Emojis are more prevalent than ever these days — they’re in our phone conversations, Twitter ads, and even starring in their own underwhelming movies. But what about your AdWords campaigns?
While at first glance, the idea of inserting emojis into your PPC efforts may seem a bit strange, there is plenty of reason to believe that emojis will soon play a direct role in your AdWords campaigns. When approximately half of all captions and comments on Instagram are written as emojis, those who choose to ignore their potential future impact on organic and paid search could find themselves missing out on a lot of customers.
In the years ahead, it seems quite likely that brands won’t just use emojis in social media or text messaging campaigns — they’ll also be an integral part of AdWords.
Of course, this discussion begins with an important caveat. As of this writing, Google’s official policy still prevents users from bidding on emojis, as they are categorized as an invalid character. However, there are many signs that indicate change is on the way.
A turn in the tide
One of the biggest reasons why you can expect emojis to impact your AdWords campaigns at some point this year is the previous indicators that Google is starting to relax its stance on this area. While emojis were removed from search results in 2015, in the beginning of 2017, Google reversed that decision.
While Google’s updated policy doesn’t allow emojis to be used in excess or at random (limiting appearances to usages deemed “relevant, useful and fun”), the reappearance of emojis in organic search results marked a big turnaround. Since Google’s change in policy, emojis have made plenty of appearances in SEO headlines, meta descriptions and even URLs.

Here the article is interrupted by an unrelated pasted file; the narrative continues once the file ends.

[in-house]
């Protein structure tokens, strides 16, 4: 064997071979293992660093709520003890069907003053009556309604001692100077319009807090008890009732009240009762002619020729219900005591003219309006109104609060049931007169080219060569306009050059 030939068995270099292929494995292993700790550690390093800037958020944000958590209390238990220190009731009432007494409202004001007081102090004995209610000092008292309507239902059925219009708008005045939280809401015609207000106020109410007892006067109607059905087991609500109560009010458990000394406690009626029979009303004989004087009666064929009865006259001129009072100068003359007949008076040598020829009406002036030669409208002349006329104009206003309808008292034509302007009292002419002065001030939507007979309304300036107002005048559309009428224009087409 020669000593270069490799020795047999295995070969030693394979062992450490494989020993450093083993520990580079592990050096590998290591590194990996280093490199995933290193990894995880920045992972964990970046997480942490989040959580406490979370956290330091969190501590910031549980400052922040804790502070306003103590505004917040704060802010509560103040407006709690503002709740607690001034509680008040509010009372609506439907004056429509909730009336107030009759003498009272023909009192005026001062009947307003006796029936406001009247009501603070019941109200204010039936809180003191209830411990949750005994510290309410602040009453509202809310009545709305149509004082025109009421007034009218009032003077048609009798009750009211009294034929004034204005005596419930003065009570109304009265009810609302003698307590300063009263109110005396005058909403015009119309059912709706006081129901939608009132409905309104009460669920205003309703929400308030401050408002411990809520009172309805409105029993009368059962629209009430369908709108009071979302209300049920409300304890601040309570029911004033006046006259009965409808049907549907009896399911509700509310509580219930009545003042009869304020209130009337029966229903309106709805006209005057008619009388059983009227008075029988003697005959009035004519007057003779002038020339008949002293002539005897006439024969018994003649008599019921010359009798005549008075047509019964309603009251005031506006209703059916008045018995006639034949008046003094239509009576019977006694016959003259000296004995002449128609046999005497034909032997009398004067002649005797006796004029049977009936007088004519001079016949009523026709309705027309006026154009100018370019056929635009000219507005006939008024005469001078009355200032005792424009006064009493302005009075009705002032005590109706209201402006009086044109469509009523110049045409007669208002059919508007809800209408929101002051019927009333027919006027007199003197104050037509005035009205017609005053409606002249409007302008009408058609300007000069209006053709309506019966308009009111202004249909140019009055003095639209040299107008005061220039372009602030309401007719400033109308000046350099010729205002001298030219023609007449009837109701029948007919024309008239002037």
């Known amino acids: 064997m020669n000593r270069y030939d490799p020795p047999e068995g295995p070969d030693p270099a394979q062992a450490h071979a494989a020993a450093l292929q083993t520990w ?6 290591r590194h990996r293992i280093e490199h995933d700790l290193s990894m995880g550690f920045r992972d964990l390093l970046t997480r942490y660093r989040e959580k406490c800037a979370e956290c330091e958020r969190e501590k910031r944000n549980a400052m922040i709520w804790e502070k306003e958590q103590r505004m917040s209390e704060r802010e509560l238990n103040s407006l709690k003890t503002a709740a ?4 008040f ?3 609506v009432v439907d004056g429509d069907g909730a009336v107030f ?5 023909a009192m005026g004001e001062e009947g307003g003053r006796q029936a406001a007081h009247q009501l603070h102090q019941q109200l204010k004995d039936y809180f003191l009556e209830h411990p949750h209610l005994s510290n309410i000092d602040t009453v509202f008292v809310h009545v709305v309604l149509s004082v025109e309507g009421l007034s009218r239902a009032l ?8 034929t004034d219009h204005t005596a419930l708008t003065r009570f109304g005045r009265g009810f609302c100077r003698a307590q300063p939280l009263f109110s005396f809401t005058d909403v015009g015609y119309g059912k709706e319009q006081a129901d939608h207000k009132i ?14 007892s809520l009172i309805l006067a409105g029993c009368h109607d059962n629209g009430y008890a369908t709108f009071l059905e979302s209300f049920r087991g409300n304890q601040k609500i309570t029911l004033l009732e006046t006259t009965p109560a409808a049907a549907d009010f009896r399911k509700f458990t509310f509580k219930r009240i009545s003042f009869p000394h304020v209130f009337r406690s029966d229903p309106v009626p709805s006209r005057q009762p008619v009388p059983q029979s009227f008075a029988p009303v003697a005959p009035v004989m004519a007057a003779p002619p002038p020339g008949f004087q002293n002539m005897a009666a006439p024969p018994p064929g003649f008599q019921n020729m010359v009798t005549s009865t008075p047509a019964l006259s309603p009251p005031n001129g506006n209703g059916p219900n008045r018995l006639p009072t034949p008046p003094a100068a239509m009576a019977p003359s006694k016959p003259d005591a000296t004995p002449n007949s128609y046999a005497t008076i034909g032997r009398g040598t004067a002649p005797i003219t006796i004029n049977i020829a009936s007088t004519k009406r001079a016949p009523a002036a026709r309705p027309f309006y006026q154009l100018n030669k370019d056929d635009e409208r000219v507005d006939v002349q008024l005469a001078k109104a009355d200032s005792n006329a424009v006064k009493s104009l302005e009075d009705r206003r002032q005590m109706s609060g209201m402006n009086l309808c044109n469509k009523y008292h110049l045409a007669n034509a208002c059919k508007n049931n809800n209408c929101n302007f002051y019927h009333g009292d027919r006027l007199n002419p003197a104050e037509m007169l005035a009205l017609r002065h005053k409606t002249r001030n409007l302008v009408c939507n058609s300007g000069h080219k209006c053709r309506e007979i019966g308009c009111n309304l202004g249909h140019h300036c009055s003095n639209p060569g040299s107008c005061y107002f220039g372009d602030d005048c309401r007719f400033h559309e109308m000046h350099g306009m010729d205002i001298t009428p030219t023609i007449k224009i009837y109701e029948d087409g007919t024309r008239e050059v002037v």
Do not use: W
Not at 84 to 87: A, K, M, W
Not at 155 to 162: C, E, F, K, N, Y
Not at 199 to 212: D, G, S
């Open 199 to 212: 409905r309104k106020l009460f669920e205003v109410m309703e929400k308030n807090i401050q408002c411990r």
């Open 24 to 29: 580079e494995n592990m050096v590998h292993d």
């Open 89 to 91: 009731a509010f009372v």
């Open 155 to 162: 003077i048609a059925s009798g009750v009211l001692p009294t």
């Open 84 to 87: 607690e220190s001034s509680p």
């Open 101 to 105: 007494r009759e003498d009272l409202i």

The decision makes sense when put into context. Emojis are a simple, visual form of communication that cross language barriers — something that naturally ties into Google’s strategy of delivering relevant search results to its users. It’s even possible to insert an emoji as part of a Google search. The most relevant results would subsequently need to include emojis themselves.
Emojis and marketing results
But the real question most marketers have is whether or not the use of emojis would actually provide any benefit to their AdWords campaigns. If prior studies are any indicator, the addition of emojis can have a very big impact.
In a study that compared download results in the Google Play Store, certain emojis were found to yield up to a 20 percent increase in downloads when used in the app description. Though results varied based on region and the type of emoji used, it is clear that the right visuals can be more persuasive than text alone.
Based on this study (as well as the frequent use of emojis on social media), it is quite likely that emojis would provide a similar boost to clickthrough rates and conversions in AdWords — when used properly.
Using emojis right
To get the desired results when using emojis, you’ll need to ensure that they actually fulfill what Google expects from all SEO and AdWords results — serving as a helpful and relevant response to an individual’s search query. This means that an emoji should relate to the written text you would otherwise use as part of your AdWords campaign. You couldn’t throw in random emojis and expect Google to approve the ad.